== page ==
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Connecting in a crowded market

Connecting in a crowded market

Smart Mobile CEO Thomas Hundt says that price-dumping remains an unresolved issue in Cambodia’s mobile-phone sector.

Despite the highly competitive nature of the Cambodian mobile-phone sector, Smart Mobile’s CEO Thomas Hundt says it’s still possible to build loyalty with customers in a developing market


By Steve Finch

Cambodia's mobile phone market has become increasingly competitive, and we've seen companies report reduced revenues in recent months. How have you been affected?
As you rightfully said, it's a very tough market.

I suppose that the majority of operators are losing money at the moment - that is a matter of fact. We have not planned to earn money at this moment of time.

I mean, we launched in February, so, as a mobile phone operator, you cannot be expected to earn a profit after six months.

But, we are growing - we are growing in terms of subscribers, and we are growing in terms of revenues. And this is the key point - that the incumbents are losing market share, losing revenues. I would say that is more or less normal in such a competitive market.

The young operators are attacking heavily, and I suppose this will continue for a while.

Of course, at the end, everyone is looking to make a profit, and our shareholders are also expecting profits from us - that's why they're investing here. Based on growth of subscribers and also market share, we are capable of gaining profits in this market.

As you say, there has to be an expectation that you will be profitable, but, given the tough market conditions, when will that be?
I cannot tell you the exact break-even point that we are aiming for.

In terms of the number of SIM cards sold in Cambodia, around 33 percent of all Cambodians are statistically supposed to have one. But some or even most people have more than one SIM card, so the penetration in terms of people using mobile phones is round about 20 or 25 percent - no-one knows exactly.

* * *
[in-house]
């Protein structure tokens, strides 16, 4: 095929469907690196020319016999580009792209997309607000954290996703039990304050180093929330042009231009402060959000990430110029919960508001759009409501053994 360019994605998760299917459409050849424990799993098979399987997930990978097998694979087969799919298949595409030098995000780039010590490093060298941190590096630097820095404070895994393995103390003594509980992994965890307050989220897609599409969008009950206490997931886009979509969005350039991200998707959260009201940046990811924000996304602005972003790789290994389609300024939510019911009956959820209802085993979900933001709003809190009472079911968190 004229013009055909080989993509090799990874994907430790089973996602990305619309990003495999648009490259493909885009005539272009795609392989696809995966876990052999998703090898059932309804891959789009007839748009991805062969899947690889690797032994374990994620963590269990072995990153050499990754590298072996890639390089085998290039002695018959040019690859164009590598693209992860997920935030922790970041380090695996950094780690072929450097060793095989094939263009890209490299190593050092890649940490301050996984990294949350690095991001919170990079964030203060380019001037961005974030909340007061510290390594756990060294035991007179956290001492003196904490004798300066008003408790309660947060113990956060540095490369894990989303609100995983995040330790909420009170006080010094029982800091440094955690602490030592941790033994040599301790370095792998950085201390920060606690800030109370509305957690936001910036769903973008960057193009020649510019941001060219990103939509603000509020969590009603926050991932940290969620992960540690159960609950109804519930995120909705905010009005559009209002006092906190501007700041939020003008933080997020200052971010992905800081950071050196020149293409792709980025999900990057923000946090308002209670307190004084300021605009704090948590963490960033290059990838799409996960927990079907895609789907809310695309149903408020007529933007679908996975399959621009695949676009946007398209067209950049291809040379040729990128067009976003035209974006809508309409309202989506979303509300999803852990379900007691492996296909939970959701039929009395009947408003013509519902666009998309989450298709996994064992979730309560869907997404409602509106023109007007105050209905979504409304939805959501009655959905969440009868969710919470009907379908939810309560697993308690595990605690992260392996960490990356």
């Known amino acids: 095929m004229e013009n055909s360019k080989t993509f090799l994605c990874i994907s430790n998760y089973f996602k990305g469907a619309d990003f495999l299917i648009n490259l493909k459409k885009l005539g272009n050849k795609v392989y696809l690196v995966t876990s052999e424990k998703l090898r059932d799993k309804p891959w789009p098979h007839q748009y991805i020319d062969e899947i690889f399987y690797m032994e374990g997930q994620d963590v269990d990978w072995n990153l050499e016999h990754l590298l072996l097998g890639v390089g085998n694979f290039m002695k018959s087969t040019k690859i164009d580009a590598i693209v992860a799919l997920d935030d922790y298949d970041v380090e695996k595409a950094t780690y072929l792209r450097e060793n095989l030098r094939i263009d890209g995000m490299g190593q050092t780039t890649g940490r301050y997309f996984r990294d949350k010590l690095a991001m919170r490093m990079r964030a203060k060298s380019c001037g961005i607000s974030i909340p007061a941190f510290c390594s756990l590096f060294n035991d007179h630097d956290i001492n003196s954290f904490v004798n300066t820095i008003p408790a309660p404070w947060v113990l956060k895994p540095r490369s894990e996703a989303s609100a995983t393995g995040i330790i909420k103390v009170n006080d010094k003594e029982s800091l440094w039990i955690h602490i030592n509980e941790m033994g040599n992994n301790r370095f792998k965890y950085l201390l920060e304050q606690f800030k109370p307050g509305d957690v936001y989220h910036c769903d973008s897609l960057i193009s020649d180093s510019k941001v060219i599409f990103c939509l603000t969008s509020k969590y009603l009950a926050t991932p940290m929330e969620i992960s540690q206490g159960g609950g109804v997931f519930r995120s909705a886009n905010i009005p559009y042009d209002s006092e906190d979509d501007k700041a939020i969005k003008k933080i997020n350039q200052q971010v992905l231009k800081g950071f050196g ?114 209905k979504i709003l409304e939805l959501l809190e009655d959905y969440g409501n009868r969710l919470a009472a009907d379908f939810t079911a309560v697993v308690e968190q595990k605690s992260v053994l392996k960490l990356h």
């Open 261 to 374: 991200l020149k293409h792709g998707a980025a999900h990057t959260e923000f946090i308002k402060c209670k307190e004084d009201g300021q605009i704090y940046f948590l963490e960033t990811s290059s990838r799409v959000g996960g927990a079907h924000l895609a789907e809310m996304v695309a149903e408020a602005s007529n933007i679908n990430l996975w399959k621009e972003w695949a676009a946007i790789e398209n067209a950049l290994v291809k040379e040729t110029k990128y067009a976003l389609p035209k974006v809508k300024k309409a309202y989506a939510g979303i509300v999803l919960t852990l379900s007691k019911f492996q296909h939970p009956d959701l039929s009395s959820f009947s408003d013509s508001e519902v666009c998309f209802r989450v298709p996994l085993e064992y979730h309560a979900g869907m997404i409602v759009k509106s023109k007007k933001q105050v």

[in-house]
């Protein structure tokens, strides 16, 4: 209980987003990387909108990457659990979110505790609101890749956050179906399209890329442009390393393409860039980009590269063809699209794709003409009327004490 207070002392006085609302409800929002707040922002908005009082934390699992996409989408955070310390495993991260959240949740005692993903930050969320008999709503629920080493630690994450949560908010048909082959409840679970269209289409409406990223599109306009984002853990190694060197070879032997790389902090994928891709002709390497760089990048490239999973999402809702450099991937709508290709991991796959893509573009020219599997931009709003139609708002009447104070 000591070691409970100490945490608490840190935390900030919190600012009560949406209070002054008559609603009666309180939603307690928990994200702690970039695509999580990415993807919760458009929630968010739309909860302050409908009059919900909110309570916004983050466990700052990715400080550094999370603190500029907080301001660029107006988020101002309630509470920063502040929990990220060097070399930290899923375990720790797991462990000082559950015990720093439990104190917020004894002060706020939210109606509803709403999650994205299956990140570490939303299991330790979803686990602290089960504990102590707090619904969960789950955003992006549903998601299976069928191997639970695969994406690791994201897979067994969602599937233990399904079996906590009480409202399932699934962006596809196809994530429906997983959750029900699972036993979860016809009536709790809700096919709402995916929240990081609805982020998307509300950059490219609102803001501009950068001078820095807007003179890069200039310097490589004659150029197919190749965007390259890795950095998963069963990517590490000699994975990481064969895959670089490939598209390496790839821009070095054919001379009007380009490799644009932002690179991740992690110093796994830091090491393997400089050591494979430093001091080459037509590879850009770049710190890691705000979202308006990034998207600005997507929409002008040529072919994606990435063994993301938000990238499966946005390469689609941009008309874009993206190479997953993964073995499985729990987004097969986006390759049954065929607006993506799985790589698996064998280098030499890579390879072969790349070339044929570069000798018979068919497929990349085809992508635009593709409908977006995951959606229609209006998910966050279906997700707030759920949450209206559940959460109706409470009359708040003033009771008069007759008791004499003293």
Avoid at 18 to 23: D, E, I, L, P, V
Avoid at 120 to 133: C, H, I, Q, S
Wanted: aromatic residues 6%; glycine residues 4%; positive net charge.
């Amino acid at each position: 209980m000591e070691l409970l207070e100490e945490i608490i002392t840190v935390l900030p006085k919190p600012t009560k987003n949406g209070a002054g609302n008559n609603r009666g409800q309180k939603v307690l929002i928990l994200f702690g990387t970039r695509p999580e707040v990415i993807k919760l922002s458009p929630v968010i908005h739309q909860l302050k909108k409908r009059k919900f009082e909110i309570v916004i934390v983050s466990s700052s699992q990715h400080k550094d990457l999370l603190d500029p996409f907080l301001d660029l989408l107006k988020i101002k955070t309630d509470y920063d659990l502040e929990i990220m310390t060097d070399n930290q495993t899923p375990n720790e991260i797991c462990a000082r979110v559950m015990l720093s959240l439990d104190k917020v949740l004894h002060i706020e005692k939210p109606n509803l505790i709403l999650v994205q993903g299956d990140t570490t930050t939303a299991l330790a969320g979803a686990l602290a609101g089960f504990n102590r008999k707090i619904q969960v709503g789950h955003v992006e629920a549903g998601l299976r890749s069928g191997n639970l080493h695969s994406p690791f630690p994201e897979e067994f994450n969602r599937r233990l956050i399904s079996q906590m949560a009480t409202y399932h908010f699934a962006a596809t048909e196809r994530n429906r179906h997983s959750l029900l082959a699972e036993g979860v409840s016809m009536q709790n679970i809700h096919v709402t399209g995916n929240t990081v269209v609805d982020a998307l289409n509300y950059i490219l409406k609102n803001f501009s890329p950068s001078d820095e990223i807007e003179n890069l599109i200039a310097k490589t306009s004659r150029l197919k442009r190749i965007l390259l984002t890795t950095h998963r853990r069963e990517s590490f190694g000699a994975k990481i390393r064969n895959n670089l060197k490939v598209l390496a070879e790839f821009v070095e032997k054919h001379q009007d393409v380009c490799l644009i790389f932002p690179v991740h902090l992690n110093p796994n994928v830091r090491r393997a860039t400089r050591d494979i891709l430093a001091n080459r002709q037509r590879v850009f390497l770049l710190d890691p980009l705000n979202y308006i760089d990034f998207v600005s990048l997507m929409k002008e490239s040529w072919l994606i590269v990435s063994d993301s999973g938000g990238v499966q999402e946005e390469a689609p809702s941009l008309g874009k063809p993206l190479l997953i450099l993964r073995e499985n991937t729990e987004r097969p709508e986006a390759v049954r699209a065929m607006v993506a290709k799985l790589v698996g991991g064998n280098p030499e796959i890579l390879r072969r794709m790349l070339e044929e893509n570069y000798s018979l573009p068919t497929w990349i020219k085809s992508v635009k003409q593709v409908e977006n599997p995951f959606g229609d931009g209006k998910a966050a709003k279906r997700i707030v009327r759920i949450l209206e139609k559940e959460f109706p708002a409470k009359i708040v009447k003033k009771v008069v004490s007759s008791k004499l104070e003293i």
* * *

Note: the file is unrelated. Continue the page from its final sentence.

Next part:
Also these numbers published by MPTC [Ministry of Posts and Telecommunications] and its way of calculating subscribers is different from the operators, and these numbers are not 100 percent reflective of the reality. They are likely 90 or 80 percent true, but no one can tell exactly how many of Cambodia's 15 million people are connected to a mobile phone already.

So that means there is enough room to grow. Naturally, there is not so much room for growth in Phnom Penh anymore, so now it's a matter of looking into provincial cities, and these are exactly the regions that we are looking at.

Coming back to the question of break-even point, it's hard to predict exactly. But to reach the break-even point is very real ... in a foreseeable period of time.

Beeline has recently been accused of price-dumping by competitors. Firstly, do you consider Beeline to be price-dumping, and secondly, what regulations are in place in Cambodia to address this issue?
Yes, we consider Beeline at the price they are offering for cross-network calls to be dumping the price.

However, it is not 100 percent clear to us - and I think to everyone in the market - under which basis those aspects can be regulated. Likely it is more falling under the authority of the Ministry of Commerce than the Ministry of Posts and Telecommunications.

A number of operators, including Mobitel, say that Beeline has only partially resolved this price-dumping issue. Are more meetings planned to address this?
Well, there are no direct meetings now planned with MPTC that I am aware of....